The most effective individualized education plans (IEPs) are written collaboratively by team members who trust and support one another during the process. Although many members comprise an IEP team, the parent and special education teacher are arguably the most important members. After all, they know the child the best. If they can work together, parents and teachers can be a powerful force in advocating for a child.
Here are three practical ways that parents and teachers can work together to write effective, child-centered IEPs.
1) Prepare ahead of time and be cognizant of time limitations. Much of the IEP can be discussed and written before the meeting. Early preparation of this document can significantly cut down on the amount of time spent at the actual meeting, and leave valuable face-to-face time for the team to discuss areas of real concern. Prior to the meeting, try to speak with one another over the phone at least once to discuss present levels, new goals, suggested modifications and accommodations and any test results. Email is also an excellent tool for collaboratively writing goals. Try to avoid utilizing email for any areas of disagreement, however. If differences of opinion arise (and they will), save the discussion for the face-to-face meeting.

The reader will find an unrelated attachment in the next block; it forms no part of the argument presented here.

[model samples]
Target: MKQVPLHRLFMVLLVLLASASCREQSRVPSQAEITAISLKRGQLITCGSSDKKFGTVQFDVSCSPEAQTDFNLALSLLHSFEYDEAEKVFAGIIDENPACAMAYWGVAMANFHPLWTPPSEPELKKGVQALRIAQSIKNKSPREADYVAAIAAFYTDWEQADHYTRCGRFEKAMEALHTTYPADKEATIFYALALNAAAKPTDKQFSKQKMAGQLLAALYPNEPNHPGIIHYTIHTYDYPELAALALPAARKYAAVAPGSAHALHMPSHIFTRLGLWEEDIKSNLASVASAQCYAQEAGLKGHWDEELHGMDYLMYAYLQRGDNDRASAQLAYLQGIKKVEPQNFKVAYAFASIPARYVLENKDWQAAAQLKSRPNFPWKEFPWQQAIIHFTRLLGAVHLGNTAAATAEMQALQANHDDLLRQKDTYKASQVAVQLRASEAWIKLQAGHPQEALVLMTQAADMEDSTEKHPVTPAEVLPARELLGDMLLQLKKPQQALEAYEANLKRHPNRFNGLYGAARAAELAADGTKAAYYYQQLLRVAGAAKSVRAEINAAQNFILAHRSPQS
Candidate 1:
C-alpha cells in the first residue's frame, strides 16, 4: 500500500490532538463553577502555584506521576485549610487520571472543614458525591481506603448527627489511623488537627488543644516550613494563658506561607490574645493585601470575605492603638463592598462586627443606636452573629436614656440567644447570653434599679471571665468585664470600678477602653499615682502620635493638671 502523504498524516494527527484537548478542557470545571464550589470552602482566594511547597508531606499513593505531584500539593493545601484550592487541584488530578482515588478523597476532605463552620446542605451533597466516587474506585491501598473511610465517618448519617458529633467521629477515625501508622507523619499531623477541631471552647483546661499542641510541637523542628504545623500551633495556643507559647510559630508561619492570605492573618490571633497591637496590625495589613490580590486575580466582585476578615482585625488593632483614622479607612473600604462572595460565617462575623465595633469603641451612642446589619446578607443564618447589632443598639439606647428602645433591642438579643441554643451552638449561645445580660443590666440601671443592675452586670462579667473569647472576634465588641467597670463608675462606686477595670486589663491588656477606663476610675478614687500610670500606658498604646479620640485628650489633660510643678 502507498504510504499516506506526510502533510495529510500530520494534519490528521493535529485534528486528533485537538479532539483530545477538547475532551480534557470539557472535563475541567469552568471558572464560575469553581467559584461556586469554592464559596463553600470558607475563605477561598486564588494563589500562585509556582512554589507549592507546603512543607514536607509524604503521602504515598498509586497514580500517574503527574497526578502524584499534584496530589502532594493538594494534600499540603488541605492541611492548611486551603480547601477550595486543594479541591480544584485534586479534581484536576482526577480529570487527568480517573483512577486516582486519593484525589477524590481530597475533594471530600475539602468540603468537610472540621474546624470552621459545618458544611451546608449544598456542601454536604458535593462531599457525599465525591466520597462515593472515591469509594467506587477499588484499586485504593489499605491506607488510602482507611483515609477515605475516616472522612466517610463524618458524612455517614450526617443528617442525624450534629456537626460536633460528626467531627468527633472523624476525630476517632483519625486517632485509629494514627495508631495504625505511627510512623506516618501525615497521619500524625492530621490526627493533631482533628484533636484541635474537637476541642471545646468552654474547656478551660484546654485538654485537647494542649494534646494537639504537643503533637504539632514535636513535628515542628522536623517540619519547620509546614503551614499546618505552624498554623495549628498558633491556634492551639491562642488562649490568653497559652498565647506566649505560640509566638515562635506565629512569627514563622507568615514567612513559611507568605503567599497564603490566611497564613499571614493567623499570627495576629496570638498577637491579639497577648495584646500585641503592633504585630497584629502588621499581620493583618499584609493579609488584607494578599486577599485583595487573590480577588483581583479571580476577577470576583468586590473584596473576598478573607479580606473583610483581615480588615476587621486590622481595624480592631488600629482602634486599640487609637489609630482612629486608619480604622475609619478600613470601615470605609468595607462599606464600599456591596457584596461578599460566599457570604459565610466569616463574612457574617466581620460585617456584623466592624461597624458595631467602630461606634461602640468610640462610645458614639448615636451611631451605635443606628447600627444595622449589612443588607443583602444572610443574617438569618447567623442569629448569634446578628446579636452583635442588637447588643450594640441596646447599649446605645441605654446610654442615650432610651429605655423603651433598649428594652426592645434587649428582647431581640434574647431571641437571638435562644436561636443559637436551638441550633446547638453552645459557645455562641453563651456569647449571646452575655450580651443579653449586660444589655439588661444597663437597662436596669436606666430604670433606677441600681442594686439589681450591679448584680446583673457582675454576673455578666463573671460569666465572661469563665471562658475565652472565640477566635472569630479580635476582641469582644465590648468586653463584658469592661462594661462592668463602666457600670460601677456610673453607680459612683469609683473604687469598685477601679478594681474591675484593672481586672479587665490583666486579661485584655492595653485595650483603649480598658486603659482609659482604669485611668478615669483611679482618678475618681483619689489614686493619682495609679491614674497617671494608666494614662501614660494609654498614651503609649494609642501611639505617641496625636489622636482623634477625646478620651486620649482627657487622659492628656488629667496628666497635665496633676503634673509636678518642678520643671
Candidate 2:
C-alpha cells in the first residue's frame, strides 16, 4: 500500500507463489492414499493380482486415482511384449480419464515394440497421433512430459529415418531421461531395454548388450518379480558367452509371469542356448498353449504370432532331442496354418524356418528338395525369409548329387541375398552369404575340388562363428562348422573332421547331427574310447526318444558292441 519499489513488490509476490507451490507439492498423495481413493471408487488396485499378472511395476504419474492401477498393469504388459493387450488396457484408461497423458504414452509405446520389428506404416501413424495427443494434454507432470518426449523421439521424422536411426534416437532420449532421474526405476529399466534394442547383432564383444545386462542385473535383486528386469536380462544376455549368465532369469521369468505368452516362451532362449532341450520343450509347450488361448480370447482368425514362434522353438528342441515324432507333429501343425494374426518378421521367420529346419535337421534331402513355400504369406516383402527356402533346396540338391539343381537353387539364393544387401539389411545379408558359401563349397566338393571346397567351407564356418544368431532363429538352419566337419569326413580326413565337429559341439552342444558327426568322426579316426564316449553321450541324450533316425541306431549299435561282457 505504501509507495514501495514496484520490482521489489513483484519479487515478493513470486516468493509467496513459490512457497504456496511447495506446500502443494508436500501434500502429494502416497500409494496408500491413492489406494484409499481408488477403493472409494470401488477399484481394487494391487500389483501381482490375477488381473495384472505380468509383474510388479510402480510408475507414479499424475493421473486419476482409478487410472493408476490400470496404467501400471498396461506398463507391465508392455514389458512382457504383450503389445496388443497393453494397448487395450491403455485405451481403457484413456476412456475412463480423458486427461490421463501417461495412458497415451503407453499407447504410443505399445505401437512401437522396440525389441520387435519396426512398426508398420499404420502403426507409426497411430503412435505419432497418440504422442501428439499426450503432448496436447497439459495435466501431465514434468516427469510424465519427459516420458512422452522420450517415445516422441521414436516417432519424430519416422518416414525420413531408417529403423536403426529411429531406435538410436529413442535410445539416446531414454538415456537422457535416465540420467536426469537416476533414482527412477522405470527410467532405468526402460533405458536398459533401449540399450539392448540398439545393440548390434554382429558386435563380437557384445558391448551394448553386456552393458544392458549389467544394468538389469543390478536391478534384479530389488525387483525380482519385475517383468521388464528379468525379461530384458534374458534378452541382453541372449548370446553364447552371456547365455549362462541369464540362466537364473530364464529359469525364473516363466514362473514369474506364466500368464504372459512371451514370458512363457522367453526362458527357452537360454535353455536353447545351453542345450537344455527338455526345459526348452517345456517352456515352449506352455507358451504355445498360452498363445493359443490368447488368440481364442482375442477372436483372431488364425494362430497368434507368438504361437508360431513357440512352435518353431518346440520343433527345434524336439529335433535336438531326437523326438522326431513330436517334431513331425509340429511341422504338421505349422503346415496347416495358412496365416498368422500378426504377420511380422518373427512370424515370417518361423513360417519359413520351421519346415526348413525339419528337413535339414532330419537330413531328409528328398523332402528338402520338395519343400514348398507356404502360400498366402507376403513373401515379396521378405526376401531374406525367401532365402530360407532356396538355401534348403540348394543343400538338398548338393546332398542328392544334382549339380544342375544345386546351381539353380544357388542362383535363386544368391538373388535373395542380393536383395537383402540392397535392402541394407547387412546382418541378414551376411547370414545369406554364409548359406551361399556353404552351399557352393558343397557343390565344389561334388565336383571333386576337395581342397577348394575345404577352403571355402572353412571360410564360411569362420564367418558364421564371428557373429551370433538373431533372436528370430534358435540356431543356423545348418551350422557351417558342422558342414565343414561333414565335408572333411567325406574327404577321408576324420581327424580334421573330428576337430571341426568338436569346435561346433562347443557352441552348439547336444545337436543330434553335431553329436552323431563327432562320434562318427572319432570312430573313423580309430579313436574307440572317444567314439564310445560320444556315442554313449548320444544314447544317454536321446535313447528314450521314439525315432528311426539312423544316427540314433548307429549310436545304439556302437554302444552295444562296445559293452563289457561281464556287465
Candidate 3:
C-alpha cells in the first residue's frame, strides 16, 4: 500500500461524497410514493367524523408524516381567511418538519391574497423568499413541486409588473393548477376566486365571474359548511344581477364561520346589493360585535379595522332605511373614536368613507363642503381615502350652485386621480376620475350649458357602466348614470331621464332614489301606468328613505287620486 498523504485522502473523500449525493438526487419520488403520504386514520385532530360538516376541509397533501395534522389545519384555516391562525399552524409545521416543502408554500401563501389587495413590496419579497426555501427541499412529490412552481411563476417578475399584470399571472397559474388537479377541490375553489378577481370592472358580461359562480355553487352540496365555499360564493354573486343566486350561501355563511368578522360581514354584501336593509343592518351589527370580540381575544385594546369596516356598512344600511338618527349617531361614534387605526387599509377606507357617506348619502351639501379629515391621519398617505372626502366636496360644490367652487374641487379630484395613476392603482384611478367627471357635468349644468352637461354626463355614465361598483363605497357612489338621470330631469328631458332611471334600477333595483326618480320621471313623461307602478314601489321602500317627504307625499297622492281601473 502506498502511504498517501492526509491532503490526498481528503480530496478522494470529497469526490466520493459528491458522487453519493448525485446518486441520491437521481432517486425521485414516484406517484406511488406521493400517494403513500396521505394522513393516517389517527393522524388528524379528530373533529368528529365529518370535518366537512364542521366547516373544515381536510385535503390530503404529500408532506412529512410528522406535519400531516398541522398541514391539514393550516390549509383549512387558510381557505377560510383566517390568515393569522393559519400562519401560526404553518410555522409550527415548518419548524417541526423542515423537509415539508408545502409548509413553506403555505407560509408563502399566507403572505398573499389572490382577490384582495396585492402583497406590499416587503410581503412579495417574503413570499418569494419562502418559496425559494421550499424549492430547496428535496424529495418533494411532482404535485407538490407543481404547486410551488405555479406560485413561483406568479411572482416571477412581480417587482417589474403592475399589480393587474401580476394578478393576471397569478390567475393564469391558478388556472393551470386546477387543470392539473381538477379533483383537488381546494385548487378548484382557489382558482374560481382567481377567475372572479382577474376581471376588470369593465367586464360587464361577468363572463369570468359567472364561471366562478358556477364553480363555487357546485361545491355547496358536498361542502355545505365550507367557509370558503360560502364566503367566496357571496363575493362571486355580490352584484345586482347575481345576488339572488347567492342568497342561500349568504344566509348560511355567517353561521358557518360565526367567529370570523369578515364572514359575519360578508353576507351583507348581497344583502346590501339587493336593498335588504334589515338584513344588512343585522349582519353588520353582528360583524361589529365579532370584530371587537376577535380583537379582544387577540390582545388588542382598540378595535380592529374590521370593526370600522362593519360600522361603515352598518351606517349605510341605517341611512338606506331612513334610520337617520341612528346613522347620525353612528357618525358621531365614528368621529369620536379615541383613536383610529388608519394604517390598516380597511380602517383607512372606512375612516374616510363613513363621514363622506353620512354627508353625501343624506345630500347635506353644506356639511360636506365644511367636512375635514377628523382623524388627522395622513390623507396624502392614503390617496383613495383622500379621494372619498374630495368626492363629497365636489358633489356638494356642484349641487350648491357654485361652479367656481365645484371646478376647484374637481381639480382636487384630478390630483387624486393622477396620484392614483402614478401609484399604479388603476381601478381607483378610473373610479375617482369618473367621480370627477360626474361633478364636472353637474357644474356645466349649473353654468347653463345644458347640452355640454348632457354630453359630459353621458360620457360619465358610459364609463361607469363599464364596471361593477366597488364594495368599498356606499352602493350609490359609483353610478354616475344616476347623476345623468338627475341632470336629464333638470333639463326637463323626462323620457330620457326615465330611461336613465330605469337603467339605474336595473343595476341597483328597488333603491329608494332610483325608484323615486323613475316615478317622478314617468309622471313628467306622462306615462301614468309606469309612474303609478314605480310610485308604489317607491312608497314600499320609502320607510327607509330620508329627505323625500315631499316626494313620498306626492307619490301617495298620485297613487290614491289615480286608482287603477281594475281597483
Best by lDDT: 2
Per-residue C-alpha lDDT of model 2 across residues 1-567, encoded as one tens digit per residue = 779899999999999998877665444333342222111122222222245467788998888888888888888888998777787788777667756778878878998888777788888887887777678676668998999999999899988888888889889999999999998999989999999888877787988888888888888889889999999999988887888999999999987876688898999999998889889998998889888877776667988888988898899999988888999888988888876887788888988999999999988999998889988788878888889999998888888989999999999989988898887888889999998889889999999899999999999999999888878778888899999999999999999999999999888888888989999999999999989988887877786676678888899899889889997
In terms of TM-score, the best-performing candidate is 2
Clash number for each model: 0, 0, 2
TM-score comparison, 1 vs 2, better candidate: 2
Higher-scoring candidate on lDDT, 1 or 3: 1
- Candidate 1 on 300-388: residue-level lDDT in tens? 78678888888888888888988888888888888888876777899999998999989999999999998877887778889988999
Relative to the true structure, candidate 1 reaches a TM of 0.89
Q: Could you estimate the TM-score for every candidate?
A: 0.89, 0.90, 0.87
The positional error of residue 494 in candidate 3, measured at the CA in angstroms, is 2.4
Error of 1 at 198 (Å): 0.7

If you are a parent, and you know your child’s annual review (AR) is approaching, start thinking about what you would like to see included in the IEP. Do you feel that he or she has met the goals the team set for him or her last year? What goals would you like to see for the next year? What do you think he or she is doing well? What are areas of need? Feel free to take it upon yourself to contact the teacher before he or she reaches out to you. Do try to have a little patience. Remember that your child’s teacher wants to talk to you, but during school hours he or she is also running a classroom. Unlike many other professionals, a teacher is not able to check his her email regularly throughout the day, or return phone calls within the hour. She will get back to you, although it will most likely be after school.
If you are a teacher, begin planning for the IEP meeting at least one month before the due date. Take responsibility for contacting the parent ahead of time to ask for his or her input, such as how the student is doing at home, any areas of concern and possible goals. Remember that some parents are unable to speak with you during school hours. If at all possible, take some time to speak with the parent after those hours—the parent will appreciate this small consideration. In addition to speaking over the phone, email a draft of proposed new goals at least one week prior to the annual review so that the parent can have a chance to review them before coming in. Also, send all new testing information and other other data home to the parent well in advance of the annual review. Remember, it is always best to avoid any surprises in the meeting.